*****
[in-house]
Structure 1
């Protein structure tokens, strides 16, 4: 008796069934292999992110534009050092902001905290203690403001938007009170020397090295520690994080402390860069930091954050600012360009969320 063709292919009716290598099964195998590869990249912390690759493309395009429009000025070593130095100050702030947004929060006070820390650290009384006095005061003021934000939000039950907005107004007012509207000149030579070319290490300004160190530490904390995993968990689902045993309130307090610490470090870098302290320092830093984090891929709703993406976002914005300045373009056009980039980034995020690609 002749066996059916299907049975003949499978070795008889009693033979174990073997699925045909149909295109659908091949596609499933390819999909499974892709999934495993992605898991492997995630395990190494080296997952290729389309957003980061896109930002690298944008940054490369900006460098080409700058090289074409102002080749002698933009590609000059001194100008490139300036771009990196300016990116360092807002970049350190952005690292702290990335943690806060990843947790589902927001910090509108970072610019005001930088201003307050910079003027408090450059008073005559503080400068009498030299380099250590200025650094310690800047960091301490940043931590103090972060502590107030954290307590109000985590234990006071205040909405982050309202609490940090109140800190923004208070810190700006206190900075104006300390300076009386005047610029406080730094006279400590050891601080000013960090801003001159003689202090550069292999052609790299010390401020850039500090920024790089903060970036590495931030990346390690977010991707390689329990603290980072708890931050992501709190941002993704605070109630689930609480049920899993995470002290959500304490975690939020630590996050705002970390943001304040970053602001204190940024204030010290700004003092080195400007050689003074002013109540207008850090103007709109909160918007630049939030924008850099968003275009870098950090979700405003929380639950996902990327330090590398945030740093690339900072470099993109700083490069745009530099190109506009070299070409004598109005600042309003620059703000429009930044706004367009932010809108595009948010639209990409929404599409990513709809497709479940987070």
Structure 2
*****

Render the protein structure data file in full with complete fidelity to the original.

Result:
[in-house]
Structure 1
């Protein structure tokens, strides 16, 4: 008796069934292999992110534009050092902001905290203690403001938007009170020397090295520690994080402390860069930091954050600012360009969320 063709292919009716290598099964195998590869990249912390690759493309395009429009000025070593130095100050702030947004929060006070820390650290009384006095005061003021934000939000039950907005107004007012509207000149030579070319290490300004160190530490904390995993968990689902045993309130307090610490470090870098302290320092830093984090891929709703993406976002914005300045373009056009980039980034995020690609 002749066996059916299907049975003949499978070795008889009693033979174990073997699925045909149909295109659908091949596609499933390819999909499974892709999934495993992605898991492997995630395990190494080296997952290729389309957003980061896109930002690298944008940054490369900006460098080409700058090289074409102002080749002698933009590609000059001194100008490139300036771009990196300016990116360092807002970049350190952005690292702290990335943690806060990843947790589902927001910090509108970072610019005001930088201003307050910079003027408090450059008073005559503080400068009498030299380099250590200025650094310690800047960091301490940043931590103090972060502590107030954290307590109000985590234990006071205040909405982050309202609490940090109140800190923004208070810190700006206190900075104006300390300076009386005047610029406080730094006279400590050891601080000013960090801003001159003689202090550069292999052609790299010390401020850039500090920024790089903060970036590495931030990346390690977010991707390689329990603290980072708890931050992501709190941002993704605070109630689930609480049920899993995470002290959500304490975690939020630590996050705002970390943001304040970053602001204190940024204030010290700004003092080195400007050689003074002013109540207008850090103007709109909160918007630049939030924008850099968003275009870098950090979700405003929380639950996902990327330090590398945030740093690339900072470099993109700083490069745009530099190109506009070299070409004598109005600042309003620059703000429009930044706004367009932010809108595009948010639209990409929404599409990513709809497709479940987070």
Structure 2